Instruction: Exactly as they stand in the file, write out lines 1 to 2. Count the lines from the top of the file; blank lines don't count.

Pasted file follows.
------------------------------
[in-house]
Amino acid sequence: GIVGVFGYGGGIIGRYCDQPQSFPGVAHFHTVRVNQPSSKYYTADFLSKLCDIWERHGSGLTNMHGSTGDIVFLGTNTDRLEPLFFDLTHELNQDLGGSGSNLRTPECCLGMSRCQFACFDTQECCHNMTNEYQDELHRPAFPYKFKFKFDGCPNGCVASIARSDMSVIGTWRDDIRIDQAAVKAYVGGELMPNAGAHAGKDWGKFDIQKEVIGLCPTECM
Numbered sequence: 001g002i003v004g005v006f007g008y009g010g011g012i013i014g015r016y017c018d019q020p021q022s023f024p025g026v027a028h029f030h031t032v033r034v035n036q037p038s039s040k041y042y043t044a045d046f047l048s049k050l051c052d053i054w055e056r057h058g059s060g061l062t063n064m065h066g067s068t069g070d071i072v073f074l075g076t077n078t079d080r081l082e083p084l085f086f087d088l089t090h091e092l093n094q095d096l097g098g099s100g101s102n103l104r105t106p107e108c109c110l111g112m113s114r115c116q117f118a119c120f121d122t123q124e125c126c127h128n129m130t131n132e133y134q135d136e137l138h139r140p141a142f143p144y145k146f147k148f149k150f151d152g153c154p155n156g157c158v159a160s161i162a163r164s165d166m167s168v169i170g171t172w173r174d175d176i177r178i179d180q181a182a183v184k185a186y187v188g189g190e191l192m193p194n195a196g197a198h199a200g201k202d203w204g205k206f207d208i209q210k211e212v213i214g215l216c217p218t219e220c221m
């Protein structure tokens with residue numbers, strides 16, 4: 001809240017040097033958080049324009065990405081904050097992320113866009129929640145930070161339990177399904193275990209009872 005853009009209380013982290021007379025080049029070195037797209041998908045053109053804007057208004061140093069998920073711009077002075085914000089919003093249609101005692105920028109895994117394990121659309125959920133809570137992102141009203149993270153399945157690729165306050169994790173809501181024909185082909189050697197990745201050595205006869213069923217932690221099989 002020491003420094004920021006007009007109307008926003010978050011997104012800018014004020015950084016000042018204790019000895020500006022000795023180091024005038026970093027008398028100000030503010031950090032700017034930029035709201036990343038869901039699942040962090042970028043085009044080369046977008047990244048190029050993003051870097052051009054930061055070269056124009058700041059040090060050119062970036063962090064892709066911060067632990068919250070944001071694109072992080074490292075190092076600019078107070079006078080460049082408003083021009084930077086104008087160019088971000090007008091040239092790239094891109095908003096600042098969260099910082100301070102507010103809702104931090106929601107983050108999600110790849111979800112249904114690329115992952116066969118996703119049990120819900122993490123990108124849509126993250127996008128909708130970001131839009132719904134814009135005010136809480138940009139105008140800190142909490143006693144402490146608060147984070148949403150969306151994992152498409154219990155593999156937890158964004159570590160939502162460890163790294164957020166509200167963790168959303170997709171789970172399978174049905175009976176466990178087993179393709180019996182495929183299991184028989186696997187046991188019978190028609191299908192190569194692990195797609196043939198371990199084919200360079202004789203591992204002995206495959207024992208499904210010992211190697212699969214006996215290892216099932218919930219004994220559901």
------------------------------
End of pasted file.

[in-house]
Amino acid sequence: GIVGVFGYGGGIIGRYCDQPQSFPGVAHFHTVRVNQPSSKYYTADFLSKLCDIWERHGSGLTNMHGSTGDIVFLGTNTDRLEPLFFDLTHELNQDLGGSGSNLRTPECCLGMSRCQFACFDTQECCHNMTNEYQDELHRPAFPYKFKFKFDGCPNGCVASIARSDMSVIGTWRDDIRIDQAAVKAYVGGELMPNAGAHAGKDWGKFDIQKEVIGLCPTECM